Shelby County Health Department Deputy Director David Sweat details the latest reported numbers at the COVID-19 Joint Task Force briefing on Thursday. (Screen capture)

Amid a safer-at-home order that extends to Jan. 22, word came Thursday of 613 new COVID-19 cases and a numbing 31 deaths in Shelby County.

Shelby County Health Department Deputy Director David Sweat explained the high fatality number at the afternoon City of Memphis/Shelby County Joint COVID Task Force update.

“There were not 31 deaths reported in a 24-hour period,” Sweat said. “Those deaths extended from 12-11-20 to 01-05-21. We’re not exactly sure why, but the number represents a backlog of deaths being processed over the holiday break.

“It could be that the medical examiner had to certify the deaths. We just aren’t quite sure what happened.”

Half-way into the month-long Health Directive 16, Safer At Home, the numbers are still not reflecting the decrease health officials had hoped for.

“There are only 15 more days in the directive,” said Shelby County Health Department Medical Director Dr. Bruce Randolph. “We are assessing the first 14 days of the directive to see whether or not the Safer At Home directive was effective and successful. That will let us know what action should be taken when it ends on Jan. 22.”

Despite eight business closures of violators and stronger enforcement of the directive, Randolph said Shelby County can do better with getting the number of new cases down.

Dr. Bruce Randolph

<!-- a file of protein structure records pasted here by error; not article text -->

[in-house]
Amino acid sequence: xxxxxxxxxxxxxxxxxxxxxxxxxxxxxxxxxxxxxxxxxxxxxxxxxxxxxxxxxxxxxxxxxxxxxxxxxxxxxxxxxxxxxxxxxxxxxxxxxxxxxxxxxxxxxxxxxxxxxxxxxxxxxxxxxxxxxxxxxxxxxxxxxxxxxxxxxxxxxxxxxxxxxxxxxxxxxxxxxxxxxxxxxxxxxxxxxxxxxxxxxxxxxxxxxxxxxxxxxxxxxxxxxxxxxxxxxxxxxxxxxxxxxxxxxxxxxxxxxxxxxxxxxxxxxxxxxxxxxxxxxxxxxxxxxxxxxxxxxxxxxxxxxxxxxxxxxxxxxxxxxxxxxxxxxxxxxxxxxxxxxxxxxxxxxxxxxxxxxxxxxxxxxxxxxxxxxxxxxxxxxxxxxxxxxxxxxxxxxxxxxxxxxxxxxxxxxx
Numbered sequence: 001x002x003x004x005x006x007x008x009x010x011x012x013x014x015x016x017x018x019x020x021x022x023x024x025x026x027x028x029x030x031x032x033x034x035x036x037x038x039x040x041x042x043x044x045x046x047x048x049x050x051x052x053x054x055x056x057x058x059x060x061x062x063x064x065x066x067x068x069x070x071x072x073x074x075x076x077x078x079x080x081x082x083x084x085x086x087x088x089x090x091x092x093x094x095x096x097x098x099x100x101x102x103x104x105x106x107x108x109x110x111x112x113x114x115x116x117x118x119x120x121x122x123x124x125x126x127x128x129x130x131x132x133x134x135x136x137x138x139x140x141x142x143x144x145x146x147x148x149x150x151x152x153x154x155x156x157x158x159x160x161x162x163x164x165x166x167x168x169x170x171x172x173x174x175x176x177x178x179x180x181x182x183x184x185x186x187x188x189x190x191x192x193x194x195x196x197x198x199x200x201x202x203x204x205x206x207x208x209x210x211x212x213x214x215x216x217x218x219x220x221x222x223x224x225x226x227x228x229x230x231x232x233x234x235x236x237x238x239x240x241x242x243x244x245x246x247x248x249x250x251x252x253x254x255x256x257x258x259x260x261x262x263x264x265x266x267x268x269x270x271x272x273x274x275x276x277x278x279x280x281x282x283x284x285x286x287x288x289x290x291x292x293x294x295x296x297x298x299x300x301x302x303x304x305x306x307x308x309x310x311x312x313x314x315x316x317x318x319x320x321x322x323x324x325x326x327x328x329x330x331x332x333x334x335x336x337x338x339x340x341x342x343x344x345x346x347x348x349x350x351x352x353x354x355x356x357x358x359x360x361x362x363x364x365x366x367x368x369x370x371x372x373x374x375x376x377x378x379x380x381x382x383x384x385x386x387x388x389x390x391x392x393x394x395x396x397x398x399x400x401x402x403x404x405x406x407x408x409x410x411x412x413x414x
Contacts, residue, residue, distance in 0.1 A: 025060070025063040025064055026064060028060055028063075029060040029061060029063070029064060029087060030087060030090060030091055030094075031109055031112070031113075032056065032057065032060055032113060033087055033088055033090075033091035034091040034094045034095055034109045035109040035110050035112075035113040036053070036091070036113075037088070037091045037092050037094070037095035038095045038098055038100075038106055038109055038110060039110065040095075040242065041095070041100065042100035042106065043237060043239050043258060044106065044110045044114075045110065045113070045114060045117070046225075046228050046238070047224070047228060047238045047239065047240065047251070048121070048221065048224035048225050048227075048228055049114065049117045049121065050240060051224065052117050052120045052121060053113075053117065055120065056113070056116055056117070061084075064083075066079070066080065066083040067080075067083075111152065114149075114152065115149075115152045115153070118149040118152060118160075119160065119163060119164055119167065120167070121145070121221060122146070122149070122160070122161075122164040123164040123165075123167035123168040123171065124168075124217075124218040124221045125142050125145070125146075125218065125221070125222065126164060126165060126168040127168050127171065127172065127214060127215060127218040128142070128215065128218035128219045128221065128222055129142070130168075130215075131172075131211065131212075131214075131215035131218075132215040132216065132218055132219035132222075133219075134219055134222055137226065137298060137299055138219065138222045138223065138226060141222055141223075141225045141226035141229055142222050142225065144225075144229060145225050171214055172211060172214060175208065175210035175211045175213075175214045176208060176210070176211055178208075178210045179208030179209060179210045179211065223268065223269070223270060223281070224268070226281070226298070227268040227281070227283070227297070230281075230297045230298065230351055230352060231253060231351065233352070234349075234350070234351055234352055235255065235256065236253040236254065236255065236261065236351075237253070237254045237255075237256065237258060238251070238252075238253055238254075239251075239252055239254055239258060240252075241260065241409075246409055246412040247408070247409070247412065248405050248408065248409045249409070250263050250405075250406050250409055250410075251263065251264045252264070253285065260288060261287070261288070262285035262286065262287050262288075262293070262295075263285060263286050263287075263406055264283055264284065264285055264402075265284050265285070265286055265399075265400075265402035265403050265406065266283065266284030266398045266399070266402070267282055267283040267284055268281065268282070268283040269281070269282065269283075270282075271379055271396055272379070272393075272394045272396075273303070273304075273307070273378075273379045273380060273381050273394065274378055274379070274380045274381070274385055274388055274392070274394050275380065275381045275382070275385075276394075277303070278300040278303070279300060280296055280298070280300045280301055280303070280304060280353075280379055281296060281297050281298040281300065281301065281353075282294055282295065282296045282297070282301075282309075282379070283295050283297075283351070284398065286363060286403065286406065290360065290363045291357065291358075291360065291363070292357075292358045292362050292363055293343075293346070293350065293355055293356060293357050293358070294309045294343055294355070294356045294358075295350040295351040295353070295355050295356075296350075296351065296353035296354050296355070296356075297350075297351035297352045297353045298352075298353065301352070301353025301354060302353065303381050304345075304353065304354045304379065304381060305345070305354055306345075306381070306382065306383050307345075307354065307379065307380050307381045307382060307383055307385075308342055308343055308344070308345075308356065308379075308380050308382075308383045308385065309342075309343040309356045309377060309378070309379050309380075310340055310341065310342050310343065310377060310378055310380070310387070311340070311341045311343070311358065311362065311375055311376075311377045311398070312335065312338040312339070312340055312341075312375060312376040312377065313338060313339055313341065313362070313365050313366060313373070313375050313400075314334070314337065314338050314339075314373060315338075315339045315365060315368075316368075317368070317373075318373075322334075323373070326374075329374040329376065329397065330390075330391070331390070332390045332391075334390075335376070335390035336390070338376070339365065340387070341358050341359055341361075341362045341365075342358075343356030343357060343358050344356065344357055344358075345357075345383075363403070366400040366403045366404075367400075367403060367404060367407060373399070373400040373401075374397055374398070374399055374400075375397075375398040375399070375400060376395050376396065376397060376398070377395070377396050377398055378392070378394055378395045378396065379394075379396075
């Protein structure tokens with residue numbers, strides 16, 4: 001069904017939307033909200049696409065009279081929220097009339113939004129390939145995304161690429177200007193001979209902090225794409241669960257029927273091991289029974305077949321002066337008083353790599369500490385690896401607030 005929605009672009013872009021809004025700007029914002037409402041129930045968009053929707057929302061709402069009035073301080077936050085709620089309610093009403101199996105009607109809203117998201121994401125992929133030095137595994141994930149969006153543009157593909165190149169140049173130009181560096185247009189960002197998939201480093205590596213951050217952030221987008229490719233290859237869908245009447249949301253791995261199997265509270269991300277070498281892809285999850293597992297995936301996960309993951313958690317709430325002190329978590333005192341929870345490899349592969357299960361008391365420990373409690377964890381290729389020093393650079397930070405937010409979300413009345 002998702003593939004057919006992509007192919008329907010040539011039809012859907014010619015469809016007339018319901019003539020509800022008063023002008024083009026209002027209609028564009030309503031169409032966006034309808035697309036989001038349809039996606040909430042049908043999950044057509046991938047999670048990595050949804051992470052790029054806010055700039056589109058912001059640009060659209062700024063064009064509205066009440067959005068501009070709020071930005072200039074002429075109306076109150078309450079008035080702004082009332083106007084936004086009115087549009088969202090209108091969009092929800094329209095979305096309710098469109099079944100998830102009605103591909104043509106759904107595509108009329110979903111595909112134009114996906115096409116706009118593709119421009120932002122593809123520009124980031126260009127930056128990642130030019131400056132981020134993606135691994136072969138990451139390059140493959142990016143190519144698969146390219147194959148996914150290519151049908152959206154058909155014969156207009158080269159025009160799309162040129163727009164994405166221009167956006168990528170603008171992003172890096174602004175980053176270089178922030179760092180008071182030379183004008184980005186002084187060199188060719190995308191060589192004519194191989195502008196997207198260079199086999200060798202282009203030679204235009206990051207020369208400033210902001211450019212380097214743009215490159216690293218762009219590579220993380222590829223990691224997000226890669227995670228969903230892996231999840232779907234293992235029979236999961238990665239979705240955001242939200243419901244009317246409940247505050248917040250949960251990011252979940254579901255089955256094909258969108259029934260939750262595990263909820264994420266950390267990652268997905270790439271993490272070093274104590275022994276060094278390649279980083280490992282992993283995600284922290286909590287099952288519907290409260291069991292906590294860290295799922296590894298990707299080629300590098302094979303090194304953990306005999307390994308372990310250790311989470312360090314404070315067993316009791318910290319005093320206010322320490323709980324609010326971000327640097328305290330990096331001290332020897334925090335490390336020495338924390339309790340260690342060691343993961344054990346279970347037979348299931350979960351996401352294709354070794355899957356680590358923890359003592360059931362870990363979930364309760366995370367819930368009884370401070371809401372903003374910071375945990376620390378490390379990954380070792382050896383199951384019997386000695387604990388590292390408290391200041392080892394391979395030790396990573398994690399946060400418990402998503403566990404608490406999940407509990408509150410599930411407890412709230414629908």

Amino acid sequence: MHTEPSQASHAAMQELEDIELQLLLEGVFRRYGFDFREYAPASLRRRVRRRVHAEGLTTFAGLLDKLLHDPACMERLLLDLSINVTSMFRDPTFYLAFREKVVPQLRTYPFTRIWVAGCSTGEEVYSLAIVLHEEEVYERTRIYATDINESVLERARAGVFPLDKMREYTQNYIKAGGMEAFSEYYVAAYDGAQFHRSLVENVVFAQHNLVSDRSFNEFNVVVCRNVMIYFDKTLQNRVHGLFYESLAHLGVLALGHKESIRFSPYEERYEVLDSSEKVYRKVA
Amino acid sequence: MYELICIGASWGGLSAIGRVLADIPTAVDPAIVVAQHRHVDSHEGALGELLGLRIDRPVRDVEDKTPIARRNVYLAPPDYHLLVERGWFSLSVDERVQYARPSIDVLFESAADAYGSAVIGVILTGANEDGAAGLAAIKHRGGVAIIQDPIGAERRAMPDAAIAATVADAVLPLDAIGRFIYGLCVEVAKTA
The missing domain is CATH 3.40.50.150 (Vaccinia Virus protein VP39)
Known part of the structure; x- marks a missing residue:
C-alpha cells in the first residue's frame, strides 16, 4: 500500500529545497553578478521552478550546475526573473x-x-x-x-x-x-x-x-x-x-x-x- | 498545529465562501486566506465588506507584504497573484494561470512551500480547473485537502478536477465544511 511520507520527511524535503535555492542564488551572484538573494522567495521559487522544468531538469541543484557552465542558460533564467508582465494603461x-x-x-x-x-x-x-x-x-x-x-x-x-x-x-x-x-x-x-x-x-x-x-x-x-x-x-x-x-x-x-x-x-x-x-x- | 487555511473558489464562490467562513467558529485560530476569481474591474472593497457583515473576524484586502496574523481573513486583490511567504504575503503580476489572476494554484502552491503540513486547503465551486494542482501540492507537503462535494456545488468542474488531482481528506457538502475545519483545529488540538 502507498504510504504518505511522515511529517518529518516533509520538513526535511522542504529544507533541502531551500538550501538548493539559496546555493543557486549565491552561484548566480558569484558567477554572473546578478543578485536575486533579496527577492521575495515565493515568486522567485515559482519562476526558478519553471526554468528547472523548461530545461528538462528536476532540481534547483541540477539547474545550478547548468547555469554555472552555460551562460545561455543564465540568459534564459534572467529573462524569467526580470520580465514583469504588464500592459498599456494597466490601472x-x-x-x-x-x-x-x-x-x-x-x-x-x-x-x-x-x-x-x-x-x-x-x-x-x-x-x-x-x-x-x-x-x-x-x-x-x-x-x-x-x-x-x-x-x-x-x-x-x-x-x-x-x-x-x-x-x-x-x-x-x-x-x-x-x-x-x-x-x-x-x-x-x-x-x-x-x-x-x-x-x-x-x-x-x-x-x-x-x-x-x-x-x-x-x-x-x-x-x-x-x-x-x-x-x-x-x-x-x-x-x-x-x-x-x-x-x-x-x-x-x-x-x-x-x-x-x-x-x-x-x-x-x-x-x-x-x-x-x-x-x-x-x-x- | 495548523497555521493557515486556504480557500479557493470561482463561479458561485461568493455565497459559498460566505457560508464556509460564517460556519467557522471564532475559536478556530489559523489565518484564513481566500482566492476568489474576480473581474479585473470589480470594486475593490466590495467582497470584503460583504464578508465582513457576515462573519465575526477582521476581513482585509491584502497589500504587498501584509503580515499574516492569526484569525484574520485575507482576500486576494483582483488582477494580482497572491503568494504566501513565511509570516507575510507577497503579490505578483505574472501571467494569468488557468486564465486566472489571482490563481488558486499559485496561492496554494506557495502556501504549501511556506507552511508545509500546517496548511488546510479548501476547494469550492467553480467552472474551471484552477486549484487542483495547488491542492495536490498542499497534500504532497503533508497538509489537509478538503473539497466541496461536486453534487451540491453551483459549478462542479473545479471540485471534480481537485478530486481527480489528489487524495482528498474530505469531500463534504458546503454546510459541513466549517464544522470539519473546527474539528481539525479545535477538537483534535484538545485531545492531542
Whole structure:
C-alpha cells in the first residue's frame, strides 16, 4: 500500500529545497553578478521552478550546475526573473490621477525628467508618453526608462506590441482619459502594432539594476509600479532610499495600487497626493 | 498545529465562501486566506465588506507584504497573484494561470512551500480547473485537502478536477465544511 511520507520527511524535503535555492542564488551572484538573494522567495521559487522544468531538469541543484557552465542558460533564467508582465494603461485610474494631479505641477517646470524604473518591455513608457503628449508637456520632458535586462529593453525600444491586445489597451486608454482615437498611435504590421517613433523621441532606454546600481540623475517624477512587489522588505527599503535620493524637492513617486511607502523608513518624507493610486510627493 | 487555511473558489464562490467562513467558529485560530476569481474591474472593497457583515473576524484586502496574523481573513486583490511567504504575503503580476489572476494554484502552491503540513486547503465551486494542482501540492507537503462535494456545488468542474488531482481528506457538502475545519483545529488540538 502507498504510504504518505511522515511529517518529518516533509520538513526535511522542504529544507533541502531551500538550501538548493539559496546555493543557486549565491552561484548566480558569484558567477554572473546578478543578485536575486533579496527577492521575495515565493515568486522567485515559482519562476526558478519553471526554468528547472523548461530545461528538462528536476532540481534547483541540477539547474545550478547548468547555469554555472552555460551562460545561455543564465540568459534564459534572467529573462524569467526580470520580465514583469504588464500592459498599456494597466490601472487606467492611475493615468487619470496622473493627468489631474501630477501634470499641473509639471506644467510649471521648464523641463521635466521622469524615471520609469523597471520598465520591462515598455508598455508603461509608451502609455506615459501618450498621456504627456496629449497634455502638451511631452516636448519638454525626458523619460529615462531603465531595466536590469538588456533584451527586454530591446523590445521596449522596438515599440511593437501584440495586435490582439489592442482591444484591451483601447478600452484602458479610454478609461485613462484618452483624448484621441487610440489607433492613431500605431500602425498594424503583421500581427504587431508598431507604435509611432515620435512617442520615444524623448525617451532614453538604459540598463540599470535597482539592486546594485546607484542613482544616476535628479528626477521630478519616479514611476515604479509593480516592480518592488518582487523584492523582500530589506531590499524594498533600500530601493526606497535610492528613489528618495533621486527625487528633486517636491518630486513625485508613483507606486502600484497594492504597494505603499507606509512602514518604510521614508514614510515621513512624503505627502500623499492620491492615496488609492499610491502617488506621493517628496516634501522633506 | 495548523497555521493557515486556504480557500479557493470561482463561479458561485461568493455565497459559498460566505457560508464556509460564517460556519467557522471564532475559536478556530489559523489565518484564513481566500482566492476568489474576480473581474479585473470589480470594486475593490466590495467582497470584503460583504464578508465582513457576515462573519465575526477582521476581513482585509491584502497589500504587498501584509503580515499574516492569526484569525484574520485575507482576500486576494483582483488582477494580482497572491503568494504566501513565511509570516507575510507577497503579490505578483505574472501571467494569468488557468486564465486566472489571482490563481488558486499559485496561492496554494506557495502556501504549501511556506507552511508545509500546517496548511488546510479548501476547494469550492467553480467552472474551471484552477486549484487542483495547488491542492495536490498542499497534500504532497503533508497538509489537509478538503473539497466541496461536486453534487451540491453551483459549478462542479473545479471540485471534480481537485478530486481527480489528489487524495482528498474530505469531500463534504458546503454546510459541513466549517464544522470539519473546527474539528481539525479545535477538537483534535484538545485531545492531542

“There is nothing else we can do except to ask Shelby County residents to be responsible and compliant with the directive,” said Randolph. “Short of closing every thing down, we need everyone to do what the Safer At Home directive requires.”

Although it was announced that Shelby County was running out of vaccine, there are some doses left. They are being directed to nursing homes and congregate living facilities, Randolph said.

On Monday, officials announced closure of the two COVID-19 vaccine sites this week. Pending is news on when and where drive-thru vaccinations will resume for 1a1 groups, funeral and mortuary workers, and the 75+ population.

Sweat said Shelby County’s COVID-19 numbers appear higher when compared to other counties because Shelby is more populous.

“When there are more people, there will be more cases,” Sweat said. “Shelby County is the most populous county in Tennessee.”

Sweat said health officials are aware that some residents may feel frustrated because the deployment of the vaccine is so slow. Officials said earlier in the week that the scarcity of vaccine was a “national supply chain” issue.

“It feels like it’s going so slow, too slowly,” Sweat said. “But actually, Tennessee is in the top three states for efficiency in administering vaccines. That means 47 other states are doing worse than we are.”

Sweat said local officials are hopeful that Friday they will hear from the Tennessee Department of Health about when more vaccines can be expected to arrive in Shelby County.

Randolph said he has directed a special team of personnel to concentrate on warehouses and other industrial workplaces. They continue to be hot spots for unchecked spread and a high number of new cases.

The weekly positivity rate is up to 14.3 percent. Health officials said 10 percent is the target for mitigating spread.

The number of available hospital beds continues to be a concern. Presently, 94 percent of acute care beds are in use, and 95 percent of ICU beds are filled.